In July 2009, Mitt Romney called on President Obama to require Americans to buy insurance as part of his health care plan, using “tax penalties” as a backstop — in other words, the individual mandate that Republicans virulently oppose.
In a USA Today op-ed titled “Mr. President, what’s the rush?,” which is also available on MittRomneyCentral.com, Romney urged Obama to “learn a thing or two about health care reform” from his Massachusetts plan that contained the same policy, and touted it as effective.
“First, we established incentives for those who were uninsured to buy insurance,” Romney wrote. “Using tax penalties, as we did, or tax credits, as others have proposed, encourages ‘free riders’ to take responsibility for themselves rather than pass their medical costs on to others.”
Obama opposed that approach in his 2008 campaign, and was not on board with it at the time of Romney’s op-ed, but eventually adopted it in the sweeping bill that became law March 2010. Republican voters strongly decry the mandate as egregious federal overreach, and Romney has vowed to repeal the entire law if elected President.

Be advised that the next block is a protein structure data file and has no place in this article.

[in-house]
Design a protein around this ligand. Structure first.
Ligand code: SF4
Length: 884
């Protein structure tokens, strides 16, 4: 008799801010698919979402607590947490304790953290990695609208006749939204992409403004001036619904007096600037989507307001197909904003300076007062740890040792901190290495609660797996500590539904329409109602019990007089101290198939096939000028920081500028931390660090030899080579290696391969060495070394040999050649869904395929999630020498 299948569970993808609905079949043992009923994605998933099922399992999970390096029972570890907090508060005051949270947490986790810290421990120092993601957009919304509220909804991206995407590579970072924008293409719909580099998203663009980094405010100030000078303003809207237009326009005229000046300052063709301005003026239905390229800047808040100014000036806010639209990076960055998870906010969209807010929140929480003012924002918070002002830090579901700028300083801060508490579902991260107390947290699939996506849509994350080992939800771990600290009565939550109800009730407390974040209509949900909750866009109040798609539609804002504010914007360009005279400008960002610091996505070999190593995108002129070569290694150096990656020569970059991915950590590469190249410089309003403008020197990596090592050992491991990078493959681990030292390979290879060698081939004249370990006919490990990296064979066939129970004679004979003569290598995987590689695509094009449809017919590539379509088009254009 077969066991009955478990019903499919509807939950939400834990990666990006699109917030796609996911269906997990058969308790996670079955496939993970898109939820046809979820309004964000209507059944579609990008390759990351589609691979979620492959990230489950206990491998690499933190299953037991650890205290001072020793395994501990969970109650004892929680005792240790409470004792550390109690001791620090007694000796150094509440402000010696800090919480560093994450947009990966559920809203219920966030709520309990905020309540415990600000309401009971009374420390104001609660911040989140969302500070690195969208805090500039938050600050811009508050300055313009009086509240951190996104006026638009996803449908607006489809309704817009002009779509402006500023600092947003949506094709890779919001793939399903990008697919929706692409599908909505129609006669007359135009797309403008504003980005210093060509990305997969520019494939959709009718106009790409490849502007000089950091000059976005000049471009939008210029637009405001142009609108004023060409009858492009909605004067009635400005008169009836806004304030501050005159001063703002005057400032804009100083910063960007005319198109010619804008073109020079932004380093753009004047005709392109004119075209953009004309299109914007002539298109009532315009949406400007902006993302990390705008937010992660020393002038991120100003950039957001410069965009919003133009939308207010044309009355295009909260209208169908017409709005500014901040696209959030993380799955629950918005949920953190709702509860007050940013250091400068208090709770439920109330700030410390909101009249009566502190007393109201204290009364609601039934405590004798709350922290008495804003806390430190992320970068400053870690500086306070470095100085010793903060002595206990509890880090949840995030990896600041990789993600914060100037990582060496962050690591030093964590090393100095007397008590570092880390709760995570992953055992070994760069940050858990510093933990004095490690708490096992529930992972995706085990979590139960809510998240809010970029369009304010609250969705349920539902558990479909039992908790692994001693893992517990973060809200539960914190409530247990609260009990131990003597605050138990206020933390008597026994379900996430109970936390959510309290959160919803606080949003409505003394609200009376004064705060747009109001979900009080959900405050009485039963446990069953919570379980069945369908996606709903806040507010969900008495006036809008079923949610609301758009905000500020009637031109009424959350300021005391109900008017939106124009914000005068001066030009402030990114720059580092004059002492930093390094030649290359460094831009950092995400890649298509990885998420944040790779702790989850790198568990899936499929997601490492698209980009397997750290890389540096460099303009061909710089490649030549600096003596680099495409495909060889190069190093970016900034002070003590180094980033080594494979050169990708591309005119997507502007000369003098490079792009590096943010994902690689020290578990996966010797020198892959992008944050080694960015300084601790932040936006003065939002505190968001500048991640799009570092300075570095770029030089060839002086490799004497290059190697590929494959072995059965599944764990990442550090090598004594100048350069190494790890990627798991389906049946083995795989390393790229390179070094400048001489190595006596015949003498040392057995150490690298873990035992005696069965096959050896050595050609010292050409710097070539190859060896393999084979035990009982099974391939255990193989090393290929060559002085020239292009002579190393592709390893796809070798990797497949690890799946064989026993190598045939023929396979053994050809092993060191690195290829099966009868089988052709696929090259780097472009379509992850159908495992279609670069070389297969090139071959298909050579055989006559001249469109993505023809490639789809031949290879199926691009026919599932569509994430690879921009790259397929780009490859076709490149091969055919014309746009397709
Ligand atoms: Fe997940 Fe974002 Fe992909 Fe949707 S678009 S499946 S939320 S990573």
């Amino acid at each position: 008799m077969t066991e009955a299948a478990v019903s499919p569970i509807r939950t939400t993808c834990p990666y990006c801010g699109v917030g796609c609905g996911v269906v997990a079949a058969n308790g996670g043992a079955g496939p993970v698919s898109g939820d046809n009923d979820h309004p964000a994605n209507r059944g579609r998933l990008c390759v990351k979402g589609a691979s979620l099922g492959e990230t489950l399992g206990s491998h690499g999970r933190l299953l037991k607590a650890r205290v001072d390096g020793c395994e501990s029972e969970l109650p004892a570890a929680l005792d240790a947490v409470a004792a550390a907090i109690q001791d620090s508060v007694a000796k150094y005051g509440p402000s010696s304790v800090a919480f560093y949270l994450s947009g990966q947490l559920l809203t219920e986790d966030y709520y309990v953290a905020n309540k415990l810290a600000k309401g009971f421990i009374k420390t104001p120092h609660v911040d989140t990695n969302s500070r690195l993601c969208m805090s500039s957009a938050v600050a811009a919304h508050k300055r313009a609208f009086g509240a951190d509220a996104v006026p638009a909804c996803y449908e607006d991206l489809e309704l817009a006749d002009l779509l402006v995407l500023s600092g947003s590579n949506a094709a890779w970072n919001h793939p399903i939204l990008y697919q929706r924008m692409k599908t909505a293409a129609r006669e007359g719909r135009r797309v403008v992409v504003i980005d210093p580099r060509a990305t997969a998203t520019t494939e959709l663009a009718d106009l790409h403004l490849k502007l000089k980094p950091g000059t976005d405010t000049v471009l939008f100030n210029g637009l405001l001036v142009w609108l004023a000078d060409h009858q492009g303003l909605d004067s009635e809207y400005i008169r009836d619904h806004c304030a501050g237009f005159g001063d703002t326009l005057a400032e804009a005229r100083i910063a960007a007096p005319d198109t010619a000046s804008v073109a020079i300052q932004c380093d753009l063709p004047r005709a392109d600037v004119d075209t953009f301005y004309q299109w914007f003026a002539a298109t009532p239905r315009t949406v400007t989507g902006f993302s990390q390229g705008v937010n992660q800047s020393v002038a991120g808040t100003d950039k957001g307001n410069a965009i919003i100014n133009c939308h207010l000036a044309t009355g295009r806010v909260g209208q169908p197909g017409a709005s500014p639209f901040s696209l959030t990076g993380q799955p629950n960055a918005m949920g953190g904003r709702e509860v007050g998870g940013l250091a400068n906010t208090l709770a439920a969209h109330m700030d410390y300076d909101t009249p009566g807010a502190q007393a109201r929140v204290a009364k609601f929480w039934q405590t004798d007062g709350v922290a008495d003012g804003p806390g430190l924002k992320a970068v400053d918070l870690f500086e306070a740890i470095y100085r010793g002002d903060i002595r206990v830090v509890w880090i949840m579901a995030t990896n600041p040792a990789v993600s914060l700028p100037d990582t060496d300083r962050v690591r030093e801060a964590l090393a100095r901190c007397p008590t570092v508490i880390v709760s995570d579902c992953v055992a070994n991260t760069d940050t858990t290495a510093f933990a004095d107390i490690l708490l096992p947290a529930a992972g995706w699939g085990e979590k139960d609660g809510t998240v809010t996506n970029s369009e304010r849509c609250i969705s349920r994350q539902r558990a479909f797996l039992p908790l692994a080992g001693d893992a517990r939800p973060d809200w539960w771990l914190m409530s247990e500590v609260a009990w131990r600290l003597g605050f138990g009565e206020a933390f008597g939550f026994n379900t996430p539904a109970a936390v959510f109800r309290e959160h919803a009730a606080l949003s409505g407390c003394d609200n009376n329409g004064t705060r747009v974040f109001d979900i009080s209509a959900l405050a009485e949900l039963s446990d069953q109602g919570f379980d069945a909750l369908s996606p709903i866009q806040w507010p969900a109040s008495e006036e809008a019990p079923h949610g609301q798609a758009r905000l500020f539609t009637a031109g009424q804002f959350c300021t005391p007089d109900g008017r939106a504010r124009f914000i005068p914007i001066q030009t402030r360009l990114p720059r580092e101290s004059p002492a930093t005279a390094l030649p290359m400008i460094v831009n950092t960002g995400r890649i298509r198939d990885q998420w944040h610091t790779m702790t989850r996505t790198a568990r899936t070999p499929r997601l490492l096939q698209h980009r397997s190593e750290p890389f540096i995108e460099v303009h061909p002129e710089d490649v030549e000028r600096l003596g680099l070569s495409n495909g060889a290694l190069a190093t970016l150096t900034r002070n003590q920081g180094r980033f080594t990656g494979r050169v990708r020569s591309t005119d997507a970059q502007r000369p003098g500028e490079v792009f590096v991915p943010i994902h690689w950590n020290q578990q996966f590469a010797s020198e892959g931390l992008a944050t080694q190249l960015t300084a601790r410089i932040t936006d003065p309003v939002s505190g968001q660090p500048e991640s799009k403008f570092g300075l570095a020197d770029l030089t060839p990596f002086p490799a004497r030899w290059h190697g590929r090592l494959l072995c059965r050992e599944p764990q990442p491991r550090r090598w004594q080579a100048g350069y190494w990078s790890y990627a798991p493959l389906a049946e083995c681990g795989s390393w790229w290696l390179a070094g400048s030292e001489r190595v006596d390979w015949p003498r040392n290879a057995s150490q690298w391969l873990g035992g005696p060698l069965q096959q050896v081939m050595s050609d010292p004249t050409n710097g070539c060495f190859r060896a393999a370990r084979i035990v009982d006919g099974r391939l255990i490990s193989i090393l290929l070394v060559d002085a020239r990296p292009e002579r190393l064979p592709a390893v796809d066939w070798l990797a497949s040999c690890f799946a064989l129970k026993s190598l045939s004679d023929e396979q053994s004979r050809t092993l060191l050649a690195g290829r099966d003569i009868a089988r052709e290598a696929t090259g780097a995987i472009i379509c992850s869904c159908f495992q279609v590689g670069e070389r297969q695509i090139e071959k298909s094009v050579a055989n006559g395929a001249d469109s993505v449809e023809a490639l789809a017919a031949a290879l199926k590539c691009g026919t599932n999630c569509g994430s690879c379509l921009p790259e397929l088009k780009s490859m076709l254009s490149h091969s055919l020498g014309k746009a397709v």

The revelation could damage the GOP presidential frontrunner, who has been attacked by conservatives for enacting a similar law as “Obamacare,” but has defended himself by saying such an approach is acceptable on a state level, not a federal level.
But the July 30, 2009 op-ed, dug up by Andrew Kaczynski, makes no such distinction. In fact it implies that the Massachusetts plan is ideal as a federal approach. Romney wrote that “the lessons we learned in Massachusetts could help Washington find” a “better way.”
Conservatives wasted no time taking aim at Romney.
“Democrats would have waited to spring this on us in the general election,” wrote CNN contributor Erick Erickson at his blog RedState. “Friends, if Mitt Romney is the nominee, we will be unable to fight Obama on an issue that 60% of Americans agree with us on.”